I know there are a lot of assumptions here, but it’s clear that poor QB play was probably the difference between a 3-9 season and a potential 6-6 or 7-5 season. Honestly, I think a best-case scenario for QB production this year might be like 2003 Chris Leak at Florida, and a worst-case would be like 2003 Reggie Ball at Georgia Tech.
I did like Threet, and I believe he had the potential, because of his experience, to post numbers similar to what I have here. However, it would’ve come at the expense of the offense that RichRod is trying to employ.
Let go of the angst, Wolverine fans. If Michigan gets mediocre production from the QB, things will likely improve greatly.
Hi everyone, my name is Ron and you may recognize my last name. But I am NOT in any way related to Tom. I just thought it would be clever to use his VH moniker. I live in Texas and work as a trainer for a lot of the local players. I recently found this site and would like to contribute in any way that I can. So without further ado, here is an interview with Jay Guy, a defensive tackle prospect out of Eisenhower TX. He is listed as 6-0 and 315, a little bit on the short side but plenty of substance.
Ron: So Jay, how is everything going as you prepare for your senior season?
Jay: It's going good. I've been hitting the weight room to get bigger. Coach also wanted me to get faster.
Ron: I see that Michigan is on your list of schools to consider. Tell me about how you became interested in them, and some of the other schools on your list right now.
Jay: Michigan has great tradition. I've been watching them since I was a kid. I've talked with Coach Rodriguez and he seems like a real cool down to earth kind of guy. I'm excited to visit Ann Arbor and show everyone what I can do. I'm also considering LSU, Oklahoma, and Texas right now. I really like Texas, but haven't received an offer.
Ron: Recently there seems to be a lot of kids who get home sick and transfer. Would you be okay with leaving Texas and going somewhere else that might be colder and far from home?
Jay: I mean, Texas is great and I love it here. But I'd have no problems going somewhere else. It's like, when you in the NFL, you have to be traveling all the time. So it's something I wouldn't mind getting adjusted to.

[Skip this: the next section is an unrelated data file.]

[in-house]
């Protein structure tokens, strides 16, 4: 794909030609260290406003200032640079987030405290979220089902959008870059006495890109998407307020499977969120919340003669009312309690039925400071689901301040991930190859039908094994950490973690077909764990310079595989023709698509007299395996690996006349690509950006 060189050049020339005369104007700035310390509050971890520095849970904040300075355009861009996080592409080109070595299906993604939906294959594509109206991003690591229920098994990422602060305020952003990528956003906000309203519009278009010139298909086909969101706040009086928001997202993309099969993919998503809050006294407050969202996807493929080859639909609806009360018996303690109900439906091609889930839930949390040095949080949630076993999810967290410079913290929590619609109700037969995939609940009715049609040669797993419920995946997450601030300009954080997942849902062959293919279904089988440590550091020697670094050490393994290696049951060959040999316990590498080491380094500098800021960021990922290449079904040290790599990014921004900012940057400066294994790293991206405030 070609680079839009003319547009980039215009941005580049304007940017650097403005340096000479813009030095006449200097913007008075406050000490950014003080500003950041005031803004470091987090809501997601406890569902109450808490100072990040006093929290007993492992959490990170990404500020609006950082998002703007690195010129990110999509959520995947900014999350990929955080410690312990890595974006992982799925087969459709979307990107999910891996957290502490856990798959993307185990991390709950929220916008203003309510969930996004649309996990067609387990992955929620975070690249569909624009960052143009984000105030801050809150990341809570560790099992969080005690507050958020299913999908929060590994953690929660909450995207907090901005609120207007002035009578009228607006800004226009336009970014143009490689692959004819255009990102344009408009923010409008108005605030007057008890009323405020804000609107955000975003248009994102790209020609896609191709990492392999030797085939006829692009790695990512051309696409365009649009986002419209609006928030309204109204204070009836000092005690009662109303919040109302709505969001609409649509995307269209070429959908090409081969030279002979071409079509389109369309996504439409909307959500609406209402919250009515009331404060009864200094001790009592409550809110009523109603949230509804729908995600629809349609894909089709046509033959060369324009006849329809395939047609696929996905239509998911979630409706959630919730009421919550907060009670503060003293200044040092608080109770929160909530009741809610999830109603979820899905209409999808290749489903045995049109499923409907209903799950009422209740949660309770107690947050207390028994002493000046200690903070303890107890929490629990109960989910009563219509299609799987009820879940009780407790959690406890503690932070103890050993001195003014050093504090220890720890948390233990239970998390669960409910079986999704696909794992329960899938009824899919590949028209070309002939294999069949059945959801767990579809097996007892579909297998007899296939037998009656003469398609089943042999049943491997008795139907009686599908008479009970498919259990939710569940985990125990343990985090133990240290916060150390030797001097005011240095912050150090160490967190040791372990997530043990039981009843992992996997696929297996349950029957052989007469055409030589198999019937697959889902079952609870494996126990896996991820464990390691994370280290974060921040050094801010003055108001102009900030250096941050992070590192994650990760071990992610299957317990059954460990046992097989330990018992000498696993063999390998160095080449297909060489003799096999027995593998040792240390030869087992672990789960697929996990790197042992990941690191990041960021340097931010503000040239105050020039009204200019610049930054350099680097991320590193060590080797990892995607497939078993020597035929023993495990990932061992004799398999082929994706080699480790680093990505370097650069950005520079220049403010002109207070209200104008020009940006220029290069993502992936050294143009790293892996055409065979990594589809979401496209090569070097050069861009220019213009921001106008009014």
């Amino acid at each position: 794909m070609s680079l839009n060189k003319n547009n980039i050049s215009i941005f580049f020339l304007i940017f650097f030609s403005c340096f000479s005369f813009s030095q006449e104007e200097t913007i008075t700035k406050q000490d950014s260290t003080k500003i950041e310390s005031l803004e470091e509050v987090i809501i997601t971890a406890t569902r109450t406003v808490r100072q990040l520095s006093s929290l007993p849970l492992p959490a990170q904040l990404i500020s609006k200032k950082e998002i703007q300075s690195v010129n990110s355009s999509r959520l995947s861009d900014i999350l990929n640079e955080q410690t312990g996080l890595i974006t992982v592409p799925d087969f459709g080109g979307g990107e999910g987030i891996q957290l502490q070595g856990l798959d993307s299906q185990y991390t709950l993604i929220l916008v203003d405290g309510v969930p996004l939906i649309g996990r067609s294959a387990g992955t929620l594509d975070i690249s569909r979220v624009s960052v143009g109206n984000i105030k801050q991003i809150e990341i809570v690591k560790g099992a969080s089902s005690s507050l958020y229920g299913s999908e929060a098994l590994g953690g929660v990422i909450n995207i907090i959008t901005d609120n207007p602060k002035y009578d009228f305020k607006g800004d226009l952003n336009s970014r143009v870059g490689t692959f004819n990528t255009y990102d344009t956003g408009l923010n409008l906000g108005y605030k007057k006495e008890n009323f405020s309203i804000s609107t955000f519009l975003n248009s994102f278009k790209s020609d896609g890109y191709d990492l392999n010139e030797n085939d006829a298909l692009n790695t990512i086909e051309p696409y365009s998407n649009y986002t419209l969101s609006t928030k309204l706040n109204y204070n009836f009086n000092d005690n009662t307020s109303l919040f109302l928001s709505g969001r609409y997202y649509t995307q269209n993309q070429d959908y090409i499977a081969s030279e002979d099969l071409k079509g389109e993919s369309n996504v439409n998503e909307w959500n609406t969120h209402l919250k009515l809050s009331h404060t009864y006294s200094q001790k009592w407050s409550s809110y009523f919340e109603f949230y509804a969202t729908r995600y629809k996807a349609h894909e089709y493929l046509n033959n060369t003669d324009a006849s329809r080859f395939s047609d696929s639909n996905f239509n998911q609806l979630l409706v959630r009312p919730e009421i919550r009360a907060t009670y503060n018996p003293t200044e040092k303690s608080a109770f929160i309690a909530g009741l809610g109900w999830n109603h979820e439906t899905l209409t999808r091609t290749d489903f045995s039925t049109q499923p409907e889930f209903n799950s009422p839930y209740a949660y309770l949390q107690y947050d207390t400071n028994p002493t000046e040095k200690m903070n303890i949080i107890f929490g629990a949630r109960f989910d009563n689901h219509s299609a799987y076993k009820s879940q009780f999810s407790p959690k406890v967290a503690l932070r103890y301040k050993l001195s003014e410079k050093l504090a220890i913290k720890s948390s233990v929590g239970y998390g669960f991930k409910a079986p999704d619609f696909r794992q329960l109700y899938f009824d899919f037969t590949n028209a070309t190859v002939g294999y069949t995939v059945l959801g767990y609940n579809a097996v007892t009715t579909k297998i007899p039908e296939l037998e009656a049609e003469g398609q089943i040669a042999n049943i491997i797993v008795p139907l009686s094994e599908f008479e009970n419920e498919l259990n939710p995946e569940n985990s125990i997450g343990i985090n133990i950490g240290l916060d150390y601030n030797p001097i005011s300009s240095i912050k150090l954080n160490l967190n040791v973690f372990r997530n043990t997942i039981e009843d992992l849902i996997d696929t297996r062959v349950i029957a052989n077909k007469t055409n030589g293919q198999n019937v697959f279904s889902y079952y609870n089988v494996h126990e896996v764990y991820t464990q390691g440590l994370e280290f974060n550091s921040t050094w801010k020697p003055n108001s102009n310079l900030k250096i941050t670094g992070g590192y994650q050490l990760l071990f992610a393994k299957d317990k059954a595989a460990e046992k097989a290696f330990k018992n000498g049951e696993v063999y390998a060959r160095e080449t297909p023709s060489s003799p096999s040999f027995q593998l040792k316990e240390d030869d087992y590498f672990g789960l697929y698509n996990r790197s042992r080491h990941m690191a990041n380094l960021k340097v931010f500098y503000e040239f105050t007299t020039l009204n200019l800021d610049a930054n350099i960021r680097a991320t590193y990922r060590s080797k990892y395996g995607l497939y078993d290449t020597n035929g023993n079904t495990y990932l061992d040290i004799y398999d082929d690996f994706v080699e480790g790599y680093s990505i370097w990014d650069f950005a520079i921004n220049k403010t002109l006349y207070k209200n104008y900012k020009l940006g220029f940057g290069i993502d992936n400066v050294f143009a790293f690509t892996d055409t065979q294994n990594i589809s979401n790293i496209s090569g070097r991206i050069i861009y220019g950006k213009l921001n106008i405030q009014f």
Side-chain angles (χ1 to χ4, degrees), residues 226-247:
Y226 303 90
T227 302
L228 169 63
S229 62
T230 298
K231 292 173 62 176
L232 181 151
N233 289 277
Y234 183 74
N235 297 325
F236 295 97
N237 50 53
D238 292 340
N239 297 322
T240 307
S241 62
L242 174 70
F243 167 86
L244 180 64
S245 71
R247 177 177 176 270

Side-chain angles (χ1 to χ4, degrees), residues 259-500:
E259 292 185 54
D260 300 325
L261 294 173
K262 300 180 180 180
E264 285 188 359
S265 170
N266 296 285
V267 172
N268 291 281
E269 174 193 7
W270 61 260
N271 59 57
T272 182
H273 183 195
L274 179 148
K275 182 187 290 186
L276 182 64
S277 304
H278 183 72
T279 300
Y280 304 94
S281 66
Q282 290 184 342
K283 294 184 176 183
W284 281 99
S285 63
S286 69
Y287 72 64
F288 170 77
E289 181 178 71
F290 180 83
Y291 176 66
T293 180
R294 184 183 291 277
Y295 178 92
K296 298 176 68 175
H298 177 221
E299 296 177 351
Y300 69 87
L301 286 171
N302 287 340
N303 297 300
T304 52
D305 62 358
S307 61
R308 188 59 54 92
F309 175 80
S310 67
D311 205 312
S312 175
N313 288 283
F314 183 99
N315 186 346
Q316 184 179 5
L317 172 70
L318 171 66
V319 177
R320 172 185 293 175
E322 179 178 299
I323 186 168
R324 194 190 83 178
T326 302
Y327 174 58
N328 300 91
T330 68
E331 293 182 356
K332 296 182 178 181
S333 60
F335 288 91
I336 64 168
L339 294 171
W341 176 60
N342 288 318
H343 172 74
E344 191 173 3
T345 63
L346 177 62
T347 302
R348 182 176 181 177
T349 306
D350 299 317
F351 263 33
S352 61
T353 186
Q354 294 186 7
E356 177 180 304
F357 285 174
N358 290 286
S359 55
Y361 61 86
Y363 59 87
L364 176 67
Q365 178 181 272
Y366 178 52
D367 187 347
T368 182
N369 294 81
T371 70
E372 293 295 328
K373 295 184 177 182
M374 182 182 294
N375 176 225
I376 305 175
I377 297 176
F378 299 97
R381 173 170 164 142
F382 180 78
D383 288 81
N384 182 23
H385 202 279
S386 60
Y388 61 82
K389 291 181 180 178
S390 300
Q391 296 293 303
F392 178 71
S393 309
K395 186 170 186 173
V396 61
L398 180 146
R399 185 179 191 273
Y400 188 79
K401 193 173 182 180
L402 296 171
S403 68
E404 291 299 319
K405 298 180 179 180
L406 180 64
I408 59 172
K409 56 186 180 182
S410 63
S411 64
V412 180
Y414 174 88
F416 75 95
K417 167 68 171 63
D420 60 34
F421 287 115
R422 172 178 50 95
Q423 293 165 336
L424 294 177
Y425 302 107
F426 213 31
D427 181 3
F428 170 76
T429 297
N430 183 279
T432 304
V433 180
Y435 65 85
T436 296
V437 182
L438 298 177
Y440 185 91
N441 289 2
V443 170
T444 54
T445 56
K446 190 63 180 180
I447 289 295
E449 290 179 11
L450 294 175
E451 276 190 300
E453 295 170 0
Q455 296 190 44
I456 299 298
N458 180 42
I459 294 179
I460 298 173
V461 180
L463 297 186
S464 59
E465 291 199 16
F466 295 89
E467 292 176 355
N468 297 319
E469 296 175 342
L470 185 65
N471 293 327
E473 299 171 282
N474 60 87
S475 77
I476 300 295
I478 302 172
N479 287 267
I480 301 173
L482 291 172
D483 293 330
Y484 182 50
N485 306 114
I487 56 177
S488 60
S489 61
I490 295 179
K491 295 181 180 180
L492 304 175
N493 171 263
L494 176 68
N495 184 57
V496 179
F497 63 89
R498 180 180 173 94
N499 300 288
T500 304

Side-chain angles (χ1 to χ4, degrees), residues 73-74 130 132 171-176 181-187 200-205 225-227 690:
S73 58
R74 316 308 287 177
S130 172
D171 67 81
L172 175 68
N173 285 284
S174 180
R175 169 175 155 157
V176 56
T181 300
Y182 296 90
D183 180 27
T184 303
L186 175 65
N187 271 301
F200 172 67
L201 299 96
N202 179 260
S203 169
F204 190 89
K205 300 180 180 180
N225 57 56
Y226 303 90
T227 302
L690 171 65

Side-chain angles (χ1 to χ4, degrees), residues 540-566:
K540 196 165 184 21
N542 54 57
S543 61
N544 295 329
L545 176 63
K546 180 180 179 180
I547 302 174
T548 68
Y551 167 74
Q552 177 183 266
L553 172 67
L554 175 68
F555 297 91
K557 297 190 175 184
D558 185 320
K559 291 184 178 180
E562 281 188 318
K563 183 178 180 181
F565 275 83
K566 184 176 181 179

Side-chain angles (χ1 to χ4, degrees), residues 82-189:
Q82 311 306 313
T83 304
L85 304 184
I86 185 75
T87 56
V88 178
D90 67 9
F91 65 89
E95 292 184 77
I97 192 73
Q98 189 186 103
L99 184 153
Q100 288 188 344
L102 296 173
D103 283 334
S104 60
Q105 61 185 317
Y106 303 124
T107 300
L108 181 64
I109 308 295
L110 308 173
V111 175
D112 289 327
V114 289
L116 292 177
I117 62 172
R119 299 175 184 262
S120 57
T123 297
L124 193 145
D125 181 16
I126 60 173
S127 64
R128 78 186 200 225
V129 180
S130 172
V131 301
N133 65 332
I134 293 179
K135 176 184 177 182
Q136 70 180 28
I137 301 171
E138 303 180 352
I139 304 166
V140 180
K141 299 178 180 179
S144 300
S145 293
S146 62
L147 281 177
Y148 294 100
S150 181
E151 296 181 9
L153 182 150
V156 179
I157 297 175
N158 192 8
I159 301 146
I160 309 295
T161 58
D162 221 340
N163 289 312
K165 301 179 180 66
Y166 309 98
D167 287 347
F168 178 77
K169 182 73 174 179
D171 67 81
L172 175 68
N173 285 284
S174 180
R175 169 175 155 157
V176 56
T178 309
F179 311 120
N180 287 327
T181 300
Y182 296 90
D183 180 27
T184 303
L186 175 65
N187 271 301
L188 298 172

Ron: Is early playing time a factor for you?
Jay: Yeah, I'd like to see the field early. A lot of coaches have been telling them I can come in and compete right away.
Ron: What're you most excited about this next year?
Jay: Just the chance to visit all these different schools. I want to get accustomed to being away from home and just take in everything.
Ron: Have you been talking with any other recruits, and has anyone been persuading you to go anywhere?
Jay: Not really, I'd really like to meet some of the other recruits to see what they have to say about some of the schools I'm considering.
Ron: Is there any schools you grew up rooting against?
Jay: No, but I love to watch rivalry games, especially Michigan/Ohio State, and Oklahoma/Texas.
Ron: What is your biggest asset?
Jay: My will to work hard. I'm in the weight room everyday, and I just want to maximize my potential.
Ron: When do you think you'll make a decision?
Jay: Not until this fall, I want to take it all in.
Ron: Has anyone been in your ear about where to go to school?
Jay: Nah, but there's always people wanting me to stay home. But I don't listen to that too much.
Ron: Thanks man.
With the transfer of Threet and the potential for another mediocre season next year, it's become a bit of a common theme to say "OMG, if we go 4-8 next year RR won't be the coach in 2010".
Come on guys. Seriously? Do you really think Bill Martin wants to go through another coaching search? Do you think he would only give RR 2 years with a roster that is ill-equipped for his scheme? Only 1 year with recruits that he signed? Given the attrition and injuries that have occurred over that period?